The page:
Voting against the tax levy were Commissioners Wade McAmis, Robin Quillen, John Waddle, Bill Moss, Bill Dabbs and Kiker.

Commissioners Tim White and Rennie Hopson were absent. Mayor Alan Broyles announced that White contacted another commissioner to say he had had an emergency that would keep him from attending the meeting.

Commissioner Anthony Sauceman abstained, on the basis of a conflict of interest, because of his having been employed by the county government after his election to the commission.

Sauceman is employed by the Greene County Solid Waste Department.

The several commissioners who were already county employees when elected to the commission, or who have a close family member employed by the county, may vote on the budget.

Normal practice would be for these commissioners to read a statement vowing to vote their conscience and not on the basis of their own personal interests.

During Friday's called meeting, no commissioners read such conflict-of-interest statements.

However, according to Mayor Broyles, the fact that they did not read the conflict-of-interest statement before voting would only affect the integrity of the votes had another commissioner raised the issue immediately following the vote.

He also said that there are no repercussions for the commissioners' having not followed the conflict-of-interest-statement requirement.


Quillen opened discussion prior to the actual vote on the various funds and overall budget, saying, "We need to stop depending on the sheriff to balance the budget."

She also raised what she said had been a citizen's question concerning why the county's savings have continued to decrease since 2007-2008.

At that time, the county's General Fund savings were at $6.21 million.

The General Fund is projected to close this fiscal year on June 30, 2014 with a balance of $2.2 million.

There was much discussion on how this change has come to pass, from economic resession requiring the use of savings to decreased revenues and investment income.

Commissioner Hilton Seay reminded the commission that no funds can be spent from savings without a majority vote by the commission.

"The commission is responsible for that happening," he said. "It's never any one person."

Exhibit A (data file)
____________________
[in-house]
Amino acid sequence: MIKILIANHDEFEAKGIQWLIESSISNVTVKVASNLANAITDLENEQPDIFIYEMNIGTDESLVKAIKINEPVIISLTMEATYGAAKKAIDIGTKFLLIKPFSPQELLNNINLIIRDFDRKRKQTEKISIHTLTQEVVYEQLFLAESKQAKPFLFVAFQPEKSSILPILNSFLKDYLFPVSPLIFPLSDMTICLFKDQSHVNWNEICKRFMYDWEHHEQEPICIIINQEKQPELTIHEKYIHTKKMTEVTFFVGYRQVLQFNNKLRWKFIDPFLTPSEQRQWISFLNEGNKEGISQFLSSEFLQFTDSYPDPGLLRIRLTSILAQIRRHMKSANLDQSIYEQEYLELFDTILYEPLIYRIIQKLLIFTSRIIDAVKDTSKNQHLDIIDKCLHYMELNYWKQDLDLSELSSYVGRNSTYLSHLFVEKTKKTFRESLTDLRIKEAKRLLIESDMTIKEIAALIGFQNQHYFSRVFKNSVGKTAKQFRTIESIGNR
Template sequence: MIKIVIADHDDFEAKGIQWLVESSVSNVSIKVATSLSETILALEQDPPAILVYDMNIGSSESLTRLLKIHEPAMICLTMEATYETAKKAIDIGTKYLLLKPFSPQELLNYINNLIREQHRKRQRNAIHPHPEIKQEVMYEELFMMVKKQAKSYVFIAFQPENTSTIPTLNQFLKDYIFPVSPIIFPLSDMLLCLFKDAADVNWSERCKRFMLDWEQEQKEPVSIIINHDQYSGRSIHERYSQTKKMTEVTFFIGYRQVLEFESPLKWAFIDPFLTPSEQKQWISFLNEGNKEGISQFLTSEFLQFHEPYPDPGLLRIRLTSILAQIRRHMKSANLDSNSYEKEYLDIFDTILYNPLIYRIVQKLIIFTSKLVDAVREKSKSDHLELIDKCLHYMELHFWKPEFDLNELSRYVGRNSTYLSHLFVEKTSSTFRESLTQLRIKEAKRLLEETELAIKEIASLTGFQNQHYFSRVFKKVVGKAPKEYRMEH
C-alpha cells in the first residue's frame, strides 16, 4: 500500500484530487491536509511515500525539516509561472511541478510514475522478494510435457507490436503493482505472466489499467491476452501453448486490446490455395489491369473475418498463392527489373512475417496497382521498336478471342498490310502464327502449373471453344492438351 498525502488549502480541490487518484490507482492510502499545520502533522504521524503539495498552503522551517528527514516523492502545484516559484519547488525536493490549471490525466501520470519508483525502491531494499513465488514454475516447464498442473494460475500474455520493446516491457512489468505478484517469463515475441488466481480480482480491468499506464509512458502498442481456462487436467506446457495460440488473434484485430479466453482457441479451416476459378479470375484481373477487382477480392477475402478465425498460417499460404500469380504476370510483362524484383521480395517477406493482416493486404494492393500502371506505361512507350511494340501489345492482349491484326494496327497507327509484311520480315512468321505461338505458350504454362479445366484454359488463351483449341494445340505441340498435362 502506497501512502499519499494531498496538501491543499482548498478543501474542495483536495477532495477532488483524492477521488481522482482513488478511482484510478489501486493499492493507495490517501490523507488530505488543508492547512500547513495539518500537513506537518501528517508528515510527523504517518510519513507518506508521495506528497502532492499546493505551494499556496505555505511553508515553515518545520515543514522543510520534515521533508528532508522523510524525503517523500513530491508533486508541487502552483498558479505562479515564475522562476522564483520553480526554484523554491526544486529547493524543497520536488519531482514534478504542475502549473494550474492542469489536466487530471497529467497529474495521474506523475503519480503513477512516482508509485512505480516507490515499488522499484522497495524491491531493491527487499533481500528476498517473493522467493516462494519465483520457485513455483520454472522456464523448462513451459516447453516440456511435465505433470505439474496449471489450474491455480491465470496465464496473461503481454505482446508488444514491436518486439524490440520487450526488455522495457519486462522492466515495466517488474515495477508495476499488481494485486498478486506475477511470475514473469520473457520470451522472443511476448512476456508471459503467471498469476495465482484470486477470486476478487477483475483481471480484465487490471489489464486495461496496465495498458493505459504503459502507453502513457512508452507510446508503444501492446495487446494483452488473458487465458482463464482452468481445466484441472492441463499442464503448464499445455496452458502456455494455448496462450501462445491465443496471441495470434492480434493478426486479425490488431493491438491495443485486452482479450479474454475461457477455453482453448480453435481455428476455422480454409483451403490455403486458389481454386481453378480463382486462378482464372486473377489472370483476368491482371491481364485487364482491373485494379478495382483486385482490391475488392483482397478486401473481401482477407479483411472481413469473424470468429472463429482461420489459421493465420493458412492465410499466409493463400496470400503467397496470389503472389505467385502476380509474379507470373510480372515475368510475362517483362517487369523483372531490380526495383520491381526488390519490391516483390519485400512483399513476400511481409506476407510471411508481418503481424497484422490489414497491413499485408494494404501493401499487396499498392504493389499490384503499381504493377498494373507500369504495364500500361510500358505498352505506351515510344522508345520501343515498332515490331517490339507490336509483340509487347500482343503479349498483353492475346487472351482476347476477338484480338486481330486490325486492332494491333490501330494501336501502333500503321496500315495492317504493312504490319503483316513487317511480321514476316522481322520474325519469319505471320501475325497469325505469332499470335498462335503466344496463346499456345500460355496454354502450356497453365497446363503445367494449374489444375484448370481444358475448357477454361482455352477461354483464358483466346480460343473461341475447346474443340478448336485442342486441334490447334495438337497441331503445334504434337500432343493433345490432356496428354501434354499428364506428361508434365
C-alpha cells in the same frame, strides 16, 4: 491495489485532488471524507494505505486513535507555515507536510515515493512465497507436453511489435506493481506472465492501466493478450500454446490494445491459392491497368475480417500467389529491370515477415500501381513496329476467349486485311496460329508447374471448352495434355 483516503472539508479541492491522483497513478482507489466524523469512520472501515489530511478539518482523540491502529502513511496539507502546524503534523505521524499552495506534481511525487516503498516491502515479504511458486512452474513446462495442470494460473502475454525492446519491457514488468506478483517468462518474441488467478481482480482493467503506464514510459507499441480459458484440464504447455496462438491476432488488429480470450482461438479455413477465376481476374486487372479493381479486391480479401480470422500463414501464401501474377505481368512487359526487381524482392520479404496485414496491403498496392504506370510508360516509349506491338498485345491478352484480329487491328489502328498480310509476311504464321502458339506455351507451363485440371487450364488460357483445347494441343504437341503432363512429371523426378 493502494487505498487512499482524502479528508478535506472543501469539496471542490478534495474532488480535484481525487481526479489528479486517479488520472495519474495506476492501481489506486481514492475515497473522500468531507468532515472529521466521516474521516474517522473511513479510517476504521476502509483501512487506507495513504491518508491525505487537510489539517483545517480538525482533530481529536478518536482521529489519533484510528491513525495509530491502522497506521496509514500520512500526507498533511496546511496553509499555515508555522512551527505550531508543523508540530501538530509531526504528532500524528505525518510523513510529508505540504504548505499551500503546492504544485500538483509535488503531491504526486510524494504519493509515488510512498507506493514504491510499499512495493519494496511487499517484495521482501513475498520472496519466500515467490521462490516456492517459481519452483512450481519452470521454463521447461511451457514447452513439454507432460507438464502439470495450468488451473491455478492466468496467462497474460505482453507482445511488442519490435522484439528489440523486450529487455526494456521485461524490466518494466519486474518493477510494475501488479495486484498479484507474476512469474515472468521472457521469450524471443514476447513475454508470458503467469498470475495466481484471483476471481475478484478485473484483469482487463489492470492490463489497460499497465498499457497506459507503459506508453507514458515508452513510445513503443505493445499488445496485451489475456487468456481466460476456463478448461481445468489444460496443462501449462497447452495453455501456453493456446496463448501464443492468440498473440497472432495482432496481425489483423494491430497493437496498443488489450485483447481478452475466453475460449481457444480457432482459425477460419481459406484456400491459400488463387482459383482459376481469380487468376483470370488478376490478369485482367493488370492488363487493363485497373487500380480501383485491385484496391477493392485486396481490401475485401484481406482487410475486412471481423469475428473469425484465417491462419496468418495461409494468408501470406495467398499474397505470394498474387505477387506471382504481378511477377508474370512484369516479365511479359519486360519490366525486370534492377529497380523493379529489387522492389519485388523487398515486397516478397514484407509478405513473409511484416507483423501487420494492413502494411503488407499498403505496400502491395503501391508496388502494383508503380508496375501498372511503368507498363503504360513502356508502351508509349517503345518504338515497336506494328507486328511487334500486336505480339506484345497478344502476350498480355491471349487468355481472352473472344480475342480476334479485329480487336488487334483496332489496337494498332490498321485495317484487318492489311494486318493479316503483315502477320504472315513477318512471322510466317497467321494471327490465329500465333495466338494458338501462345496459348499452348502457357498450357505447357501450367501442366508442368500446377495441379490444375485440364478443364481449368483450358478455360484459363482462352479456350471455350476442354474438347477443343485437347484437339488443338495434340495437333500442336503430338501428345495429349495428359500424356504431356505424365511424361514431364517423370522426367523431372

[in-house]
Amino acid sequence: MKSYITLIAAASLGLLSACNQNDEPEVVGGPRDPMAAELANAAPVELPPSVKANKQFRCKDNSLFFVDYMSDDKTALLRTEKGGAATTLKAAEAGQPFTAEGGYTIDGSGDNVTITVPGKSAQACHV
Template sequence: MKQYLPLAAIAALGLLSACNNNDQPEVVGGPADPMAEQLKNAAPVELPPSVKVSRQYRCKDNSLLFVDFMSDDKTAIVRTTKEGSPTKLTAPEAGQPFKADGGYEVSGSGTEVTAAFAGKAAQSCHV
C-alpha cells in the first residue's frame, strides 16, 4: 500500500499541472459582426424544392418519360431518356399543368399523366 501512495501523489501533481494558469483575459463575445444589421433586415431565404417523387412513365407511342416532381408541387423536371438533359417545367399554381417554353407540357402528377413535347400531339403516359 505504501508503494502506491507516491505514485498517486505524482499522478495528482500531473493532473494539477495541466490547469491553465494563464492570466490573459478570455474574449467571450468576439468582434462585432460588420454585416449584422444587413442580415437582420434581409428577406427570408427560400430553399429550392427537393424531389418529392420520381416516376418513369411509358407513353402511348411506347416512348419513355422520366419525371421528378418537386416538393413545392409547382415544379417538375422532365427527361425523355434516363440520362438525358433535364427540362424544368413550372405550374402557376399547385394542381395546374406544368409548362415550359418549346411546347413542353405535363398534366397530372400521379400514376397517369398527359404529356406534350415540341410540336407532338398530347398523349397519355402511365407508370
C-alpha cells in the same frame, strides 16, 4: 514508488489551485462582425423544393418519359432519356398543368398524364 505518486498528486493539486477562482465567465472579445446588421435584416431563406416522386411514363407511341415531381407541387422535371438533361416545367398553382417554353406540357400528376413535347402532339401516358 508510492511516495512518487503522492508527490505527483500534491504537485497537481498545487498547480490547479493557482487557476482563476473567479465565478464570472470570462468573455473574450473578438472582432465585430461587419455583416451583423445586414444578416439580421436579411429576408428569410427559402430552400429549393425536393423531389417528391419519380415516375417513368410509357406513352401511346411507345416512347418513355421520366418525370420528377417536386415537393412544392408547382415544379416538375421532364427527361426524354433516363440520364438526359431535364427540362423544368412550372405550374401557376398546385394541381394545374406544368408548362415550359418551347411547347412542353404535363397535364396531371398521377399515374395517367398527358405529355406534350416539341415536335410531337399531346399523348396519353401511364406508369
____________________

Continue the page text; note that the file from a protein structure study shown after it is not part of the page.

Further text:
The majority of funds in this year's budget will continue to operate at a deficit.

The following is, in rounded numbers, a summary of the net balance (surplus, deficit, or break-even) of all the approved county funds:

* County General Fund: a $720,000 deficit that will reduce its fund balance to $2.2 million;

* Solid Waste/Sanitation Fund: a $134,000 deficit that will reduce its fund balance to $489,000;

* Worker's Compensation and Liability Fund: a $21,000 deficit that will reduce its fund balance to $1.3 million;

* Drug Control Fund: a $33,000 deficit that will reduce its fund balance to $218,000;

* Highway/Public Works Fund: a $1.1 million deficit that will reduce its fund balance to $1.3 million;

* General Purpose School Fund: a $256,000 surplus that will increase its fund balance to $3.4 million;

* Central Cafeteria Fund: a balanced budget that will leave the fund balance the same at $1.1 million;

* General Debt Service Fund: an $80,000 surplus from refinancing the debt that will increase the fund balance to $81,000;

* Education Debt Service Fund: a $7,000 deficit that will reduce its fund balance to $960,000; and

* Economic Development Fund: a $17,000 deficit that will reduce its fund balance to $71,000.

The commission voted 12-6 in favor of these allocations, with Commissioner Anthony Sauceman abstaining.

Voting in favor of the budget were Commissioners Malone, Carter, Hensley, Bird, Bowers, King, Rollins, Seay, Greenway, Holt, Crum and Sams.

Opposed were Commissioners McAmis, Quillen, Waddle, Moss, Dabbs and Kiker.


The commission unanimously approved the following:

* supporting an "It Can Wait" National Day of Action for the no-texting-while-driving movement;

* adding Estate Drive to the official Greene County road list on second reading;

* establishing an updated Occupational Safety and Health Program plan, and a plan to provide for a safety director; and,

* appointing Ron Metcalfe to fill Gene Gaby's unexpired term on the Greene County Civil Service Board.

At the close of the meeting, Quillen requested that the commission meet in closed session to hear from County Attorney Roger Woolsey concerning issues that she said are "floating around."

Other commissioners objected, however, saying that normal protocol would be for Woolsey to call the closed session if there was something he needed to share.

"The less I hear, the better," Hensley said of pending lawsuits and cases against the county. "Unless there's something I need to know, I'm out of here."

Other commissioners echoed that sentiment, but Quillen said the commissioners have a problem of "having our heads buried in the mud for too long."

Woolsey agreed to meet with any commissioners who had questions concerning any pending legal matter, asking, however, that they keep any information shared during their conversations confidential based on attorney-client confidentiality.

For more information and stories, see The Greeneville Sun.